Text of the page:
One of the main Android problems is fragmentation. Because updates depend on manufacturers, new versions don’t arrive as fast as we’d like, but thanks to the efforts of Google and OEM fragmentation is no longer so serious like in the early years of Android.
Two years ago Google attacked fragmentation with Project Treble, dividing the operating system layer from the driver layer. Thus a manufacturer could update the operating system layer without relying on component manufacturers to update the drivers to the new version. This change has accelerated updates.
Adoption of Android 10
From the first year, Project Treble has been a success. This effort accelerated the adoption of Android Pie by 2.5X, and with Android 10 an additional 1.5X increase. Google reports that Android 10 adoption has been faster than any previous version. Android 10 was running on 100 million devices five months after launch, 28% faster than Android Pie.
Updates on Android 11
To try to speed up Android updates even further and minimize fragmentation, Google announces new strategies in Android 11:
OEM Developer Previews: Manufacturers have access to Android 11 previews to advance the update of their devices before their official release.
Google Play system update: In Android 11, 21 operating system components are now upgradeableNine more than Android 10 that are focused on improving privacy, security and developer consistency on all devices. The new upgradeable components are: Tethering, NNAPI, Cell Broadcast Receiver, adbd, Internet Key Exchange, Media Provider, statsd, WiFi and SDK extension.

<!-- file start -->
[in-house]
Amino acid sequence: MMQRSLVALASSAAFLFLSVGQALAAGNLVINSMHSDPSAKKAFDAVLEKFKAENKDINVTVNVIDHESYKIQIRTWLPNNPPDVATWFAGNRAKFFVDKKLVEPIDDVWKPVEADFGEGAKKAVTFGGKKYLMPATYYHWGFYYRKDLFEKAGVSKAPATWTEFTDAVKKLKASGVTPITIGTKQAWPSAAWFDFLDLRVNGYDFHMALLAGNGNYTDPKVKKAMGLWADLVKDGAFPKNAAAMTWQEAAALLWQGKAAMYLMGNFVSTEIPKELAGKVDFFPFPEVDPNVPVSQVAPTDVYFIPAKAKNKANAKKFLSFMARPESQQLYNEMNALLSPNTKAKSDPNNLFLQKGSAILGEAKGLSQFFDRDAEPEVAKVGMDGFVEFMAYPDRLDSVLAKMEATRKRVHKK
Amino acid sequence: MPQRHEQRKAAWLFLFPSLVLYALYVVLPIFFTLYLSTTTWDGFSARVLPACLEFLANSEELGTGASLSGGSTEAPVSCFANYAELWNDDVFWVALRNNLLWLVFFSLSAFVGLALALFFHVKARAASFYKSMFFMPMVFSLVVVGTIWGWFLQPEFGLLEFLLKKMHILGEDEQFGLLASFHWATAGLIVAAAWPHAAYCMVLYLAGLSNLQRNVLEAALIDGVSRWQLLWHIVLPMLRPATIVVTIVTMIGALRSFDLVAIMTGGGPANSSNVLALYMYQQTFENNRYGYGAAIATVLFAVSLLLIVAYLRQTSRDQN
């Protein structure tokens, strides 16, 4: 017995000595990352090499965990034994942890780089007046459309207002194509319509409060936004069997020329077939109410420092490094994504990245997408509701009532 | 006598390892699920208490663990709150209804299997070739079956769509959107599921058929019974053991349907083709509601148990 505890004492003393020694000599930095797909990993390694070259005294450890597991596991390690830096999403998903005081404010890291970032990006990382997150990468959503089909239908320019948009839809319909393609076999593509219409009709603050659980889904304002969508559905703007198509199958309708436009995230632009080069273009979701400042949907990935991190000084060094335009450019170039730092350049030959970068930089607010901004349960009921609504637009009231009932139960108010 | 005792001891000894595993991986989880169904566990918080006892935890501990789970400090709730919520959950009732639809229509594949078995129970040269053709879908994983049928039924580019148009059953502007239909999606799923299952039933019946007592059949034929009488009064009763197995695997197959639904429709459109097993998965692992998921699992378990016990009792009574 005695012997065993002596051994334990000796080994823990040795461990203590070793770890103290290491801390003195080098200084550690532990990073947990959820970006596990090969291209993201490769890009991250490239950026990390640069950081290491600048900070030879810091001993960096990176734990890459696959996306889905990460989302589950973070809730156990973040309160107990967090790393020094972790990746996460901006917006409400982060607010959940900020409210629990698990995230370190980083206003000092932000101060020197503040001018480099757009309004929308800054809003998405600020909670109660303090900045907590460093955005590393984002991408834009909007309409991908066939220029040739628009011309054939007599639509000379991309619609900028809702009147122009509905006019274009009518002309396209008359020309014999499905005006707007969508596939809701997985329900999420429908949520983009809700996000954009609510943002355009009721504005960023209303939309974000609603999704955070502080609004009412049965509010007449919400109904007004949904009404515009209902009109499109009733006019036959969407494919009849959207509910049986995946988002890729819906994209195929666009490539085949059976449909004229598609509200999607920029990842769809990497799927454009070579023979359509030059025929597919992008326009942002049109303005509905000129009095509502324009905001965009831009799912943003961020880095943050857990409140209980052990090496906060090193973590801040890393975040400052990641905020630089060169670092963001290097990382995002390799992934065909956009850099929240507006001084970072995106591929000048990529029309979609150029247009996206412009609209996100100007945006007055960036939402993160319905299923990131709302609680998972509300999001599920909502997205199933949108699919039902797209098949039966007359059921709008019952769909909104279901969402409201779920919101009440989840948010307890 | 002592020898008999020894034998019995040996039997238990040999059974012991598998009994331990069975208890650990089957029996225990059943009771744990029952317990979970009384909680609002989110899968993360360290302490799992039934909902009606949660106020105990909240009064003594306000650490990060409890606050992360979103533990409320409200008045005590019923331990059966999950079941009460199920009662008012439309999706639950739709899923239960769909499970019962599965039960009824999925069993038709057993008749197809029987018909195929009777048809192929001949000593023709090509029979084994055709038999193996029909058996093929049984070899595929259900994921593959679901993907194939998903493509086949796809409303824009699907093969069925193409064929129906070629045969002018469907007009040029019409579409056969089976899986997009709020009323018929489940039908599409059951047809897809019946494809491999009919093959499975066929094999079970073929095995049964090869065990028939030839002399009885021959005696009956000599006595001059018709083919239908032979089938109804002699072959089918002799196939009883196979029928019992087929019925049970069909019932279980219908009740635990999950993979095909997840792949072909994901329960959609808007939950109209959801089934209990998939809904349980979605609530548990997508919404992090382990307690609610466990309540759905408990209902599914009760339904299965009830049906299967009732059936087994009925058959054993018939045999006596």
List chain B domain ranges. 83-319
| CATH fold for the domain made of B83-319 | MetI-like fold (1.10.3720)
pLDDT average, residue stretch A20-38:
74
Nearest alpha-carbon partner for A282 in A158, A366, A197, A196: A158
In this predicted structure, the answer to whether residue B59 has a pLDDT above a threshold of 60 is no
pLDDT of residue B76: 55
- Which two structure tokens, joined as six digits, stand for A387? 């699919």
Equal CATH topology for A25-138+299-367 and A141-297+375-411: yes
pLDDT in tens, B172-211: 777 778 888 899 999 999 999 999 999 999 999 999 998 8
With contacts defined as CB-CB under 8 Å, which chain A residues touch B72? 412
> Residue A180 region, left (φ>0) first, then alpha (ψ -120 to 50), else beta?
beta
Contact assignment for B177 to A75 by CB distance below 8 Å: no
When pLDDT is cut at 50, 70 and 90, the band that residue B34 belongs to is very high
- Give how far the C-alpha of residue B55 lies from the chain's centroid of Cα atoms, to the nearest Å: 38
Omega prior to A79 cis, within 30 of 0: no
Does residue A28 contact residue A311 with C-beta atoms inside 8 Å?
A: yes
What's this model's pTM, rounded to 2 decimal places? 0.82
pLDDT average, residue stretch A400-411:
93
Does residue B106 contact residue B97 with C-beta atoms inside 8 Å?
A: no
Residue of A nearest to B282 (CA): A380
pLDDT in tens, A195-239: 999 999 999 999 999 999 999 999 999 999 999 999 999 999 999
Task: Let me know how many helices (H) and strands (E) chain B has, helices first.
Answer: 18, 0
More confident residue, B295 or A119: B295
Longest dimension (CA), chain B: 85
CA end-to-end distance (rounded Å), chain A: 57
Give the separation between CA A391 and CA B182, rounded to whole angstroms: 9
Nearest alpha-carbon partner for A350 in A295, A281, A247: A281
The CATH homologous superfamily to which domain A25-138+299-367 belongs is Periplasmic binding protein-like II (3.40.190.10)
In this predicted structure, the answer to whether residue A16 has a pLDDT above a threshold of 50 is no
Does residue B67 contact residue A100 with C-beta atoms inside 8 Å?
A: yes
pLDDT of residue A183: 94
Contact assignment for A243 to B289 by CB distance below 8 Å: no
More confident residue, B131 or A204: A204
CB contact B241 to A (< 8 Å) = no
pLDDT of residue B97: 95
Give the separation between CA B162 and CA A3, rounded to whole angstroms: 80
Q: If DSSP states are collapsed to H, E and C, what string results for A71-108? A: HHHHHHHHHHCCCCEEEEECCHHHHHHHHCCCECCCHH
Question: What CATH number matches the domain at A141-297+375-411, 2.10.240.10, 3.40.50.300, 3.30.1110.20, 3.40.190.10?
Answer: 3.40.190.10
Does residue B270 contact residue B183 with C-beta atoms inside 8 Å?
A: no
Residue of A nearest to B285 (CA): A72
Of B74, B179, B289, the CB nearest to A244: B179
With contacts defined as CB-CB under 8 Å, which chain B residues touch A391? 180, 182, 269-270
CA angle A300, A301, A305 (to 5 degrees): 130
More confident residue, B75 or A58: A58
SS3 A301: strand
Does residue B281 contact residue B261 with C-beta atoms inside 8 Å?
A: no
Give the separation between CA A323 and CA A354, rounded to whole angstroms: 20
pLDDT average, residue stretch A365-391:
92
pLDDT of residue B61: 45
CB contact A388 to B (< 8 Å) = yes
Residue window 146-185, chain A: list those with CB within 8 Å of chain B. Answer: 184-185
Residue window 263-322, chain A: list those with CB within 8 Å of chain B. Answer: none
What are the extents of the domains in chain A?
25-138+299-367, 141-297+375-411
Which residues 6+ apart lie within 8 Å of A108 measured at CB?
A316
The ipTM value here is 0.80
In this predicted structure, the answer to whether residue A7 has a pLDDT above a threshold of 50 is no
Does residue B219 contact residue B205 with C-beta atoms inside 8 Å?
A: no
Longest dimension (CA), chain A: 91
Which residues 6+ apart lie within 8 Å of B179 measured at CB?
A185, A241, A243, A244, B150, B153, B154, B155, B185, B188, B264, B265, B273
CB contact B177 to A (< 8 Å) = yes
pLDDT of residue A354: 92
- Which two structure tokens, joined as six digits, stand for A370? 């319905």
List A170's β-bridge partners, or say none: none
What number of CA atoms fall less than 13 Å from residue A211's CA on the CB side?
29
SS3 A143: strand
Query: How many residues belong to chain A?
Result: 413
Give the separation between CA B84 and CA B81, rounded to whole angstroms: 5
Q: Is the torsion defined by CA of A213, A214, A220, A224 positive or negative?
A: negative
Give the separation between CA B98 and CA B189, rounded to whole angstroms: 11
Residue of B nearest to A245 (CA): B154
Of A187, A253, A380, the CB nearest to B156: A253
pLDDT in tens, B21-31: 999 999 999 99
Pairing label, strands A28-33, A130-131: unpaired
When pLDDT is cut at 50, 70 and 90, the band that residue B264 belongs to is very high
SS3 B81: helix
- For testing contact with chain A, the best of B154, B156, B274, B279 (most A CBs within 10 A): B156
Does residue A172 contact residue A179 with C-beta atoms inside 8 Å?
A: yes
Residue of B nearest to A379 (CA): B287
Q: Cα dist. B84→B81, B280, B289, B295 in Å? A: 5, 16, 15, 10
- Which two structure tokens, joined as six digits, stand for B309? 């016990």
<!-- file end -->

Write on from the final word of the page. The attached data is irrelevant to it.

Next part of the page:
Generic kernel image: In Android 11, Google is further isolating the common code in the Android Linux kernel to create a generic kernel image (GKI) that works on all Android devices. This will allow for faster security updates and deployments.
Virtual A / B: In the latest versions of Android came OTA A / B, better known as Seamless Updates or Updates without interruptions. The operating system reserves twice the system memory to have the current system in one partition and another version that updates in the background in another partition. Then after restarting the device, the updated partition becomes the current version. This avoids the long waiting times for updating, in which the mobile phone can go several minutes without being able to be used.
This duplication of the amount of storage reserved for the operating system has limited adoption among OEMs, with which Google will launch in Android 11 the new Virtual A / B mechanism that avoids that double space reservation for the system when creating in the time of upgrade a virtual partition. So mobiles can have updates without interruptions without losing storage.
Google thanks all its OEM partners for their efforts to roll out updates to new Android versions sooner. In a few months, with the launch of Android 11, we will see if this future version reaches devices before Android 10.
More information | Google